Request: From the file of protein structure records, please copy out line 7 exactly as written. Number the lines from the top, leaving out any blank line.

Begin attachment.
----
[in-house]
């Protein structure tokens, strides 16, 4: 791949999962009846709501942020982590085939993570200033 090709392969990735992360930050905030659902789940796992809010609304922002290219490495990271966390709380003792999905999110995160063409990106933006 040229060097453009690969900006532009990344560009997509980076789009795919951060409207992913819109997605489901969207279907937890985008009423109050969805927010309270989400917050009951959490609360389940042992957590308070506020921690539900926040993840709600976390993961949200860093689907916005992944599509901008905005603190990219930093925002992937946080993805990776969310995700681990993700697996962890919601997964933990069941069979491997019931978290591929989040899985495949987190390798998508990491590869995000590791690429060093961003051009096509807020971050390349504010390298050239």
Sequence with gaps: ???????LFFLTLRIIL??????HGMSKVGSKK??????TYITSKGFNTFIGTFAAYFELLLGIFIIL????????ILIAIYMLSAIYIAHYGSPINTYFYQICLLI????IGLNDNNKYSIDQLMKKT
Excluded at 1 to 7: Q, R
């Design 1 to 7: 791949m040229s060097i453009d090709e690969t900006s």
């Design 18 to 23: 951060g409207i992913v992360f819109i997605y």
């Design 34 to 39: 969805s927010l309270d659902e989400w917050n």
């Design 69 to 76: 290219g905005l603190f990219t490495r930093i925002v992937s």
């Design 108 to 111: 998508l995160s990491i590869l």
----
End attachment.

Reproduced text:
């Design 34 to 39: 969805s927010l309270d659902e989400w917050n």